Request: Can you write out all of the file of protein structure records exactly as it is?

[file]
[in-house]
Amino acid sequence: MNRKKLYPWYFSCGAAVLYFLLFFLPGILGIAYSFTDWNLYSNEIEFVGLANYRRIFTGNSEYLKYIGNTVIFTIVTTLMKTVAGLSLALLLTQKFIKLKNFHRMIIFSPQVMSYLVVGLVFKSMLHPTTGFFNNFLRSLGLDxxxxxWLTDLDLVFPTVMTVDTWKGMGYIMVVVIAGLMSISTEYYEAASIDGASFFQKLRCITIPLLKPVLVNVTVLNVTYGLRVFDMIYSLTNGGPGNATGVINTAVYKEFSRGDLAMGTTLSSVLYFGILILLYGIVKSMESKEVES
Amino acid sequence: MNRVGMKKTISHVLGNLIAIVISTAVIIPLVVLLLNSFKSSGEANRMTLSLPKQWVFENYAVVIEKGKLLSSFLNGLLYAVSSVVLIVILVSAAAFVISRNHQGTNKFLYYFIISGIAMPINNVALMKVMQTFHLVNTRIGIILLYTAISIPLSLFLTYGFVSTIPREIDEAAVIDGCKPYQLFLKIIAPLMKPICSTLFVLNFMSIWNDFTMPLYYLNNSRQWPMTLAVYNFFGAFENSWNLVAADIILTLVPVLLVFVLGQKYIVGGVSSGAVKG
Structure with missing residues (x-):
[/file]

[in-house]
Amino acid sequence: MNRKKLYPWYFSCGAAVLYFLLFFLPGILGIAYSFTDWNLYSNEIEFVGLANYRRIFTGNSEYLKYIGNTVIFTIVTTLMKTVAGLSLALLLTQKFIKLKNFHRMIIFSPQVMSYLVVGLVFKSMLHPTTGFFNNFLRSLGLDxxxxxWLTDLDLVFPTVMTVDTWKGMGYIMVVVIAGLMSISTEYYEAASIDGASFFQKLRCITIPLLKPVLVNVTVLNVTYGLRVFDMIYSLTNGGPGNATGVINTAVYKEFSRGDLAMGTTLSSVLYFGILILLYGIVKSMESKEVES
Amino acid sequence: MNRVGMKKTISHVLGNLIAIVISTAVIIPLVVLLLNSFKSSGEANRMTLSLPKQWVFENYAVVIEKGKLLSSFLNGLLYAVSSVVLIVILVSAAAFVISRNHQGTNKFLYYFIISGIAMPINNVALMKVMQTFHLVNTRIGIILLYTAISIPLSLFLTYGFVSTIPREIDEAAVIDGCKPYQLFLKIIAPLMKPICSTLFVLNFMSIWNDFTMPLYYLNNSRQWPMTLAVYNFFGAFENSWNLVAADIILTLVPVLLVFVLGQKYIVGGVSSGAVKG
Structure with missing residues (x-):